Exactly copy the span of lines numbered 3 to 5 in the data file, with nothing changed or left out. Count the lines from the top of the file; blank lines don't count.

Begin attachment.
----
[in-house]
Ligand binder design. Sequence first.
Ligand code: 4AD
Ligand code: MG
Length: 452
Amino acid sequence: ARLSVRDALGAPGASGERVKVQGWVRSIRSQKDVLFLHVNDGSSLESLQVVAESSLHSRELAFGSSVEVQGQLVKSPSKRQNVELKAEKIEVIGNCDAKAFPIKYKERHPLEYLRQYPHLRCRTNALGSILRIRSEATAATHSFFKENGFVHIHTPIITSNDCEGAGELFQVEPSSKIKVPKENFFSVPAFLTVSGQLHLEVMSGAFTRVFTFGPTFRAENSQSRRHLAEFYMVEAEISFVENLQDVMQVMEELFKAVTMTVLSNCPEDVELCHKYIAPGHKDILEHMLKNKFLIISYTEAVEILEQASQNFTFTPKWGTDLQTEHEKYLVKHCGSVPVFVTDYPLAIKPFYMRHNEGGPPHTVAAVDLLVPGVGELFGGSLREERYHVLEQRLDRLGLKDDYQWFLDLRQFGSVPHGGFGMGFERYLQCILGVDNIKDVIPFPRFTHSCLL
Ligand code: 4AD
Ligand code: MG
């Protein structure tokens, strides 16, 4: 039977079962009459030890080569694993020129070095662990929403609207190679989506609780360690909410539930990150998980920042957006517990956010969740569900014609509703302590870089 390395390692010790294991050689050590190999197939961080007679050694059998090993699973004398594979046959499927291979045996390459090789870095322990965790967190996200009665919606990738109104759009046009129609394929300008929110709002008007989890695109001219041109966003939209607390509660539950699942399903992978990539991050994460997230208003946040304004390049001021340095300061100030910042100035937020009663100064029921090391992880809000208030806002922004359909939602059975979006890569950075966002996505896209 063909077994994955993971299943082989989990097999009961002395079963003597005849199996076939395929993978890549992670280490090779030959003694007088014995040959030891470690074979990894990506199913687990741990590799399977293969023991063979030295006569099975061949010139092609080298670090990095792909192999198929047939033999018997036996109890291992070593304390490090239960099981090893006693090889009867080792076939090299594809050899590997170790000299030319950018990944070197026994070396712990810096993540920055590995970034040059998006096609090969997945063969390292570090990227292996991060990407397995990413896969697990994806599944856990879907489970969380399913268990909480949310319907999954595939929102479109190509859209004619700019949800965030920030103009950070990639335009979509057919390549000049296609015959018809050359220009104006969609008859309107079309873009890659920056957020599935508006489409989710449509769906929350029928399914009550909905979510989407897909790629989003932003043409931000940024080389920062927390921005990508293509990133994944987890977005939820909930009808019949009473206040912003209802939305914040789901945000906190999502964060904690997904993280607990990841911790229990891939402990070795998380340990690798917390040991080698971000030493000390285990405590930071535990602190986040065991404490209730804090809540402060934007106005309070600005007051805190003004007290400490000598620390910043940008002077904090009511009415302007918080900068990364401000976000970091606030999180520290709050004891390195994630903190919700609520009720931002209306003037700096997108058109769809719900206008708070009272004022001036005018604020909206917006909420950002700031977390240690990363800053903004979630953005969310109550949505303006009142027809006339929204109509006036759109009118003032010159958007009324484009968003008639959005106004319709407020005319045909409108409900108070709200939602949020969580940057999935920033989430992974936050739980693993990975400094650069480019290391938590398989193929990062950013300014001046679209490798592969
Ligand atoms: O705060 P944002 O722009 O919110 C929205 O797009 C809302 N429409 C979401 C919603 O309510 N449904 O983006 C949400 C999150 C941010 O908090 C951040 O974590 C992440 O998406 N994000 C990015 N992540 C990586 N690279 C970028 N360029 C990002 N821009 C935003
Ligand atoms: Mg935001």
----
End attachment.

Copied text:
Ligand code: 4AD
Ligand code: MG
Length: 452